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Digital Archive International History Declassified

March 07, 1956


This document was made possible with support from the Carnegie Corporation of New York (CCNY)

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    Argentina and Chile’s stance on sovereignty over Antarctica.
    "Telegram from Indian Embassy in Argentina on Antarctica Issue," March 07, 1956, History and Public Policy Program Digital Archive, File No: 25(I)-AMS/56. Obtained by Ryan Musto.
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FROM: Indian Embassy, BA

TO: Foreign, New Delhi

TELEGRAM: 119/56

DATE: March 7, ‘56

Your telegram No. 1441 March 5. Explained to Subsecretario Castineiras who is handling this matter on lines of Hussain’s telegram No. 1359 March 1st. Offered to explain to Foreign Minister also on same lines if necessary but he said he would first report matter he seems to be still apprehensive and raised one or two important points of interest. Past experience of Argentina he said was that all such international discussions directly or indirectly drew into question of Malvinas (Falklands, Falklands Dependencies, Orkistones, etc) on which Argentina felt very strongly. It was difficult to keep these out of discussion but they have to be kept out. Argentina claimed by way of extension of continental shelf all these and territories in mainland of Antarctica. Her stand has been that those territories by way of such extension belonged to her and partly to Chile. India therefore cannot admit of any international discussion as involved sovereignty of Argentina. Subsecretario Castineiras promised to send me a copy of Dr. Palacio’s book on Malvinas by Argentina Delegate previously in international discussions. At my request he promised to send an approved map also. I told him that the explanatory memorandum which would be submitted by us to Secretary General would be shown to Argentina Delegation and that in future we would be consulting Argentina and other powers regarding steps we might take.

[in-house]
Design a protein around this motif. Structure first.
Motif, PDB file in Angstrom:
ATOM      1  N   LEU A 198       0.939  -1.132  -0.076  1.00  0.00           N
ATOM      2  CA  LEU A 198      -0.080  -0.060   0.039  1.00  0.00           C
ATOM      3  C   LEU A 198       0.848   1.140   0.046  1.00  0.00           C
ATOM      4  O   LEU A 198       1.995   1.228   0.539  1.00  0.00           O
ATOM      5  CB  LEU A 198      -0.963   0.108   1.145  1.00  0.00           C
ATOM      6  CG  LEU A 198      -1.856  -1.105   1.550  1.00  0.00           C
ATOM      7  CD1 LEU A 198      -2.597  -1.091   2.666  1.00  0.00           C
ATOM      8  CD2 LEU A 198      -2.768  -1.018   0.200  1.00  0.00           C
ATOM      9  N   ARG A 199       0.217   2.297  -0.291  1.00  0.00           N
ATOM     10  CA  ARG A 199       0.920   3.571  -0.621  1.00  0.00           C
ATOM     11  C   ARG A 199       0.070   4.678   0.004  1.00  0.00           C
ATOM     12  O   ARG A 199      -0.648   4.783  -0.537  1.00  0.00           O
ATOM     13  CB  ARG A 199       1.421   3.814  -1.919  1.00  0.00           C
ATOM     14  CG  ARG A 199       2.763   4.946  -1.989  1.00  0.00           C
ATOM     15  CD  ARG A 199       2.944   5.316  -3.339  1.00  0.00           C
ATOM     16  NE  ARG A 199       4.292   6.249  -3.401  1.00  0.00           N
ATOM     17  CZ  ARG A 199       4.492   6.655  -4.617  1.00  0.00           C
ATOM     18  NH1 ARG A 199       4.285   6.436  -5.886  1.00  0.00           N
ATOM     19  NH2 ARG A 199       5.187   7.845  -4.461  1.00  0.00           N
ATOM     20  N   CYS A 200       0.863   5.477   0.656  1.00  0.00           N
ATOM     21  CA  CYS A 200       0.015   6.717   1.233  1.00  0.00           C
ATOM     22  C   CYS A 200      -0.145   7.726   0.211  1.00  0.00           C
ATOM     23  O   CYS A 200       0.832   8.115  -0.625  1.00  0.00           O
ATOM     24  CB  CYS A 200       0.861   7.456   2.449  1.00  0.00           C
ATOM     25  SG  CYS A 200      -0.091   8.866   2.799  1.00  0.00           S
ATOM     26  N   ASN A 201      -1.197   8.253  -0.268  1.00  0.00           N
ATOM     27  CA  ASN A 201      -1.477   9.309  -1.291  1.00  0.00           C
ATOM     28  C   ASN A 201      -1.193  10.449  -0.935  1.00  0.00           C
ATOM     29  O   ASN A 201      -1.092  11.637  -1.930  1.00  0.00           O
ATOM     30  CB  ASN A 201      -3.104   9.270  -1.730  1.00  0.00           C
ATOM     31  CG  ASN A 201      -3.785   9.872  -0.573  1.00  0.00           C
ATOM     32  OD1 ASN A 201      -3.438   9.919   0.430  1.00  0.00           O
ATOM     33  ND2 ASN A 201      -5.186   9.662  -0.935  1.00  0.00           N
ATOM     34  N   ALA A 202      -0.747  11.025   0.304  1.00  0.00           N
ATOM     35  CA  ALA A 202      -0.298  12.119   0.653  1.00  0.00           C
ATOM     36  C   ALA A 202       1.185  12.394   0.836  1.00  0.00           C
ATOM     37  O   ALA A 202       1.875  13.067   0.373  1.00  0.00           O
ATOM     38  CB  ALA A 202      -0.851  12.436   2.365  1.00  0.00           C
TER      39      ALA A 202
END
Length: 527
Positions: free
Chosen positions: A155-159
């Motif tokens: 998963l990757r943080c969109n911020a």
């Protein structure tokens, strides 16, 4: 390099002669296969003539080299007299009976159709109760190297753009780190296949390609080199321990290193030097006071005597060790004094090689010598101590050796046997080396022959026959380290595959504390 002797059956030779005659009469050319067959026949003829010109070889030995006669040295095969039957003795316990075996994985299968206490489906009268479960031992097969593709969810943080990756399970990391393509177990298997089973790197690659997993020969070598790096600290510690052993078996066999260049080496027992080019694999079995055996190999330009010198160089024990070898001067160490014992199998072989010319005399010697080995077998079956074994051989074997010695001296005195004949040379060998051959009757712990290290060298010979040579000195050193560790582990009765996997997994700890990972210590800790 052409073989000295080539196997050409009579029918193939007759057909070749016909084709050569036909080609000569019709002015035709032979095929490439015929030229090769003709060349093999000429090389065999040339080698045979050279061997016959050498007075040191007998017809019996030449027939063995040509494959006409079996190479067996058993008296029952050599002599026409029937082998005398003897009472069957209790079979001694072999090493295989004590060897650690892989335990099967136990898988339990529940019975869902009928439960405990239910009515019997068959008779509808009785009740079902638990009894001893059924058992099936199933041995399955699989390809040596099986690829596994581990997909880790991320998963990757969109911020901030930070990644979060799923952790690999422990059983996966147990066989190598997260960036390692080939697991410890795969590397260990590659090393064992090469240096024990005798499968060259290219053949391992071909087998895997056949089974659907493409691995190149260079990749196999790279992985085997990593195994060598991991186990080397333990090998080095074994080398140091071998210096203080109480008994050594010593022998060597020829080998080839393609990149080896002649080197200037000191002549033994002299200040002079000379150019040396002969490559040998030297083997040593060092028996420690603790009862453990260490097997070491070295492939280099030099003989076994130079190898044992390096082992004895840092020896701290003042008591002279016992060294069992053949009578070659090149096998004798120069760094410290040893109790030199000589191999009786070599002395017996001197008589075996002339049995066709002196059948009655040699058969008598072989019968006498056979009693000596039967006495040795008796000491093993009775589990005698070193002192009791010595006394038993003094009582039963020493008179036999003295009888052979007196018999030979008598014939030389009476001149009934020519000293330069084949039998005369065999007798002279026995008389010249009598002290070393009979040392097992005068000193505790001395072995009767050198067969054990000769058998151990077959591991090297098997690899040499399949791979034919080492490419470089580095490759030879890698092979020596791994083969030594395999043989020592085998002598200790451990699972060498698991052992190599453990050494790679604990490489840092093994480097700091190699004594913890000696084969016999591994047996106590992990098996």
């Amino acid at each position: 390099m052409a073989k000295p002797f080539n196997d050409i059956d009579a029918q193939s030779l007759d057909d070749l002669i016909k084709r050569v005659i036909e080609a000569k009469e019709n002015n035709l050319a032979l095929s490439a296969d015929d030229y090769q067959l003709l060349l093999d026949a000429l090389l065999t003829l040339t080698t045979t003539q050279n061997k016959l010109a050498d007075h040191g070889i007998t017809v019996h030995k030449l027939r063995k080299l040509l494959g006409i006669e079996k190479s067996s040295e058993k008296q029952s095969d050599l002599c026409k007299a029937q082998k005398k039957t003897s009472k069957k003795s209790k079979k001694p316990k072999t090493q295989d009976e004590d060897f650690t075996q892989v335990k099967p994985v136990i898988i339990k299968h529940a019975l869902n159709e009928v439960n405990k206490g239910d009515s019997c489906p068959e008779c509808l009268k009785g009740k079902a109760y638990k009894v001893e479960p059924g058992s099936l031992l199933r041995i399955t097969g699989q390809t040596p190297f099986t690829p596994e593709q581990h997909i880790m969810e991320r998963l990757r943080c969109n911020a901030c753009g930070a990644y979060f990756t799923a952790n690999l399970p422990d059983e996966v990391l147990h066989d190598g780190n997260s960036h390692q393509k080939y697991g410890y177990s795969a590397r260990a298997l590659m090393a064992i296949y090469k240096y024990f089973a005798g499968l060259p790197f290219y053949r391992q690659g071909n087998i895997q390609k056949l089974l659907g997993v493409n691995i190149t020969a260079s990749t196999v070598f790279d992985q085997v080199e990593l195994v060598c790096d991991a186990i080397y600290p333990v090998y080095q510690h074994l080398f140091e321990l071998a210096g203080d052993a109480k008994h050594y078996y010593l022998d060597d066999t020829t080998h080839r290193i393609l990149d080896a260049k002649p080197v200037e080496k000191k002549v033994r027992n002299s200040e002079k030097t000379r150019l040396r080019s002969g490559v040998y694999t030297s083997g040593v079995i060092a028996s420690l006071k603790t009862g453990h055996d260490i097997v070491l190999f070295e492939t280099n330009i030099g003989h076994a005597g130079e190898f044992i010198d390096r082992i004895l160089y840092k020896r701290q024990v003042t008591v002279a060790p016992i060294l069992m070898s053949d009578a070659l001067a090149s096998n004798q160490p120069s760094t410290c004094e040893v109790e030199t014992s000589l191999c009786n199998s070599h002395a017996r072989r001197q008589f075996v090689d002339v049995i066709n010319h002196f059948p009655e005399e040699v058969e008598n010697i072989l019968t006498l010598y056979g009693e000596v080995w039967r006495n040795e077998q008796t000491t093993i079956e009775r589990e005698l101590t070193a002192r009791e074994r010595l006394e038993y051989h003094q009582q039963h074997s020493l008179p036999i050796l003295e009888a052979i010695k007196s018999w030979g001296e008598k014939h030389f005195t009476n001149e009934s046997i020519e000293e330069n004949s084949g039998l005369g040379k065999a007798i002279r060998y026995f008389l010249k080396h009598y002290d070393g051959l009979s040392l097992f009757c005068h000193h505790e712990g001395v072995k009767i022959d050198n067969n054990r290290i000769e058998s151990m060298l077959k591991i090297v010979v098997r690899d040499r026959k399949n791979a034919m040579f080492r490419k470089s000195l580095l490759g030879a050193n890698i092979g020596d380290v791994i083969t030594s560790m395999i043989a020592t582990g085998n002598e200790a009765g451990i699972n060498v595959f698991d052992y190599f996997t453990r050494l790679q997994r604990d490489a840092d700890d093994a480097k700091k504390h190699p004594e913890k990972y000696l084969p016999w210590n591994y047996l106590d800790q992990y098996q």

As regards claims that are being made by other countries and sudden interest evidenced by some others in Antarctica Castineiras said that as regards Britain at least there would not be much difficulty as there were good relations now subsisting with Britain and questions between two countries would be ultimately solved.

Castineiras appeared not to be quite satisfied even after explanations and assurances as he seems apprehensive of developments. He said debate often leads to some sort of decisions and that was the stage when there would be trouble as Argentina could not agree to any interference in her sovereignty over territories claimed by her.

Impressions: (I) I felt Argentinian Government would prefer let sleeping dogs lie. They have enough to do to consolidate position internally and are so much preoccupied with their own stability and domestic questions that they might not find sufficient time to give to other questions at present. Keen to avoid controversial issues initiating of which might underline differences of opinion with countries whose good will Argentina needs at present in rebuilding her economy. They are prone to feel that raising a debate like this at this psychological hour may therefore embarrass them and add to their difficulties.

(II) Yet another point by way of background: During Peron’s regime there was great insistence on Argentina claims on Malvinas and Antarctica and considerable nationalist sentiment been whipped up on the issue. Unless present Government therefore pursued strong attitude in matter local opponents will capitalize situation by way of contrast. Our strong attitude may not help to fetch them financial and economic assistance from wealthier countries like Great Britain etc. Hence they would prefer postponement of question.